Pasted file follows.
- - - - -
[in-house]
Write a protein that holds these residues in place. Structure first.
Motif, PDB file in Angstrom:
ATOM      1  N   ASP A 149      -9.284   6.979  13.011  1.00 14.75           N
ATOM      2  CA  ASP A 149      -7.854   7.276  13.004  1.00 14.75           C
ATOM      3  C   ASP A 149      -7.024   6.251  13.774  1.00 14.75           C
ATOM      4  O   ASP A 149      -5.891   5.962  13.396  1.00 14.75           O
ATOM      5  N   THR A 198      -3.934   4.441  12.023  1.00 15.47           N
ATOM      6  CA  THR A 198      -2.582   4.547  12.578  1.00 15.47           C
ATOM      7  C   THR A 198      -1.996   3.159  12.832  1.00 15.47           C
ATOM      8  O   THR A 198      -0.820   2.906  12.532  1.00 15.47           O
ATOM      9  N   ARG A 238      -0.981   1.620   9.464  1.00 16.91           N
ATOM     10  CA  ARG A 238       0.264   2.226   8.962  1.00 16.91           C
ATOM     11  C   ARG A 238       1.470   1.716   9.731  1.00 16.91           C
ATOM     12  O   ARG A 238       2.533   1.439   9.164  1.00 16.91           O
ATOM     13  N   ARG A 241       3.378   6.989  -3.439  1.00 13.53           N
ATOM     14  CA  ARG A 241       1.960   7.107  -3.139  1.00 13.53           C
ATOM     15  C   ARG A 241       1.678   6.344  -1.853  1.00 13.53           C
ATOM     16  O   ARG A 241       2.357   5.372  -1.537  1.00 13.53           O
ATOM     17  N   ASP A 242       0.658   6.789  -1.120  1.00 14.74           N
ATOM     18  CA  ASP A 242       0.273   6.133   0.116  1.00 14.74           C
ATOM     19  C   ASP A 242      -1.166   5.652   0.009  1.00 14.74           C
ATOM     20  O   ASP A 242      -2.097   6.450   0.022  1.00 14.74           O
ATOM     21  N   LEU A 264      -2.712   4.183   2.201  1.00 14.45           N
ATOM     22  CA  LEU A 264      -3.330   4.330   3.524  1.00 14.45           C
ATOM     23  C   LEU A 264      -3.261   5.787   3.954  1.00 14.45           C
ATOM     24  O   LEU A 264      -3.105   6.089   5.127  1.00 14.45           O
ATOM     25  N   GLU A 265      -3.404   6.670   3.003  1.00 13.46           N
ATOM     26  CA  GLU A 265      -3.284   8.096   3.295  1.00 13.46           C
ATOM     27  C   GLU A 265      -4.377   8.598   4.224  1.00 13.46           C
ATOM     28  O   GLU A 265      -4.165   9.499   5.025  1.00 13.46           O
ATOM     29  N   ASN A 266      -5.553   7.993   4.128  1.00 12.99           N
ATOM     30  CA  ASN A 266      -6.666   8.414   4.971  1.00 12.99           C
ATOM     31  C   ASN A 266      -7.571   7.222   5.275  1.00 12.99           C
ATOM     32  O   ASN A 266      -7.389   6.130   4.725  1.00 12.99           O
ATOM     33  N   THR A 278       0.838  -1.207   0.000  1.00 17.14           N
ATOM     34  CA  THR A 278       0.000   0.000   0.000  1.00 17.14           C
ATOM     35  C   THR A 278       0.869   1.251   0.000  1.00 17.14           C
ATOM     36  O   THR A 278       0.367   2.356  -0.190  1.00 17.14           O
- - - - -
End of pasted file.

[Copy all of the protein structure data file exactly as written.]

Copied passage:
[in-house]
Write a protein that holds these residues in place. Structure first.
Motif, PDB file in Angstrom:
ATOM      1  N   ASP A 149      -9.284   6.979  13.011  1.00 14.75           N
ATOM      2  CA  ASP A 149      -7.854   7.276  13.004  1.00 14.75           C
ATOM      3  C   ASP A 149      -7.024   6.251  13.774  1.00 14.75           C
ATOM      4  O   ASP A 149      -5.891   5.962  13.396  1.00 14.75           O
ATOM      5  N   THR A 198      -3.934   4.441  12.023  1.00 15.47           N
ATOM      6  CA  THR A 198      -2.582   4.547  12.578  1.00 15.47           C
ATOM      7  C   THR A 198      -1.996   3.159  12.832  1.00 15.47           C
ATOM      8  O   THR A 198      -0.820   2.906  12.532  1.00 15.47           O
ATOM      9  N   ARG A 238      -0.981   1.620   9.464  1.00 16.91           N
ATOM     10  CA  ARG A 238       0.264   2.226   8.962  1.00 16.91           C
ATOM     11  C   ARG A 238       1.470   1.716   9.731  1.00 16.91           C
ATOM     12  O   ARG A 238       2.533   1.439   9.164  1.00 16.91           O
ATOM     13  N   ARG A 241       3.378   6.989  -3.439  1.00 13.53           N
ATOM     14  CA  ARG A 241       1.960   7.107  -3.139  1.00 13.53           C
ATOM     15  C   ARG A 241       1.678   6.344  -1.853  1.00 13.53           C
ATOM     16  O   ARG A 241       2.357   5.372  -1.537  1.00 13.53           O
ATOM     17  N   ASP A 242       0.658   6.789  -1.120  1.00 14.74           N
ATOM     18  CA  ASP A 242       0.273   6.133   0.116  1.00 14.74           C
ATOM     19  C   ASP A 242      -1.166   5.652   0.009  1.00 14.74           C
ATOM     20  O   ASP A 242      -2.097   6.450   0.022  1.00 14.74           O
ATOM     21  N   LEU A 264      -2.712   4.183   2.201  1.00 14.45           N
ATOM     22  CA  LEU A 264      -3.330   4.330   3.524  1.00 14.45           C
ATOM     23  C   LEU A 264      -3.261   5.787   3.954  1.00 14.45           C
ATOM     24  O   LEU A 264      -3.105   6.089   5.127  1.00 14.45           O
ATOM     25  N   GLU A 265      -3.404   6.670   3.003  1.00 13.46           N
ATOM     26  CA  GLU A 265      -3.284   8.096   3.295  1.00 13.46           C
ATOM     27  C   GLU A 265      -4.377   8.598   4.224  1.00 13.46           C
ATOM     28  O   GLU A 265      -4.165   9.499   5.025  1.00 13.46           O
ATOM     29  N   ASN A 266      -5.553   7.993   4.128  1.00 12.99           N
ATOM     30  CA  ASN A 266      -6.666   8.414   4.971  1.00 12.99           C
ATOM     31  C   ASN A 266      -7.571   7.222   5.275  1.00 12.99           C
ATOM     32  O   ASN A 266      -7.389   6.130   4.725  1.00 12.99           O
ATOM     33  N   THR A 278       0.838  -1.207   0.000  1.00 17.14           N
ATOM     34  CA  THR A 278       0.000   0.000   0.000  1.00 17.14           C
ATOM     35  C   THR A 278       0.869   1.251   0.000  1.00 17.14           C
ATOM     36  O   THR A 278       0.367   2.356  -0.190  1.00 17.14           O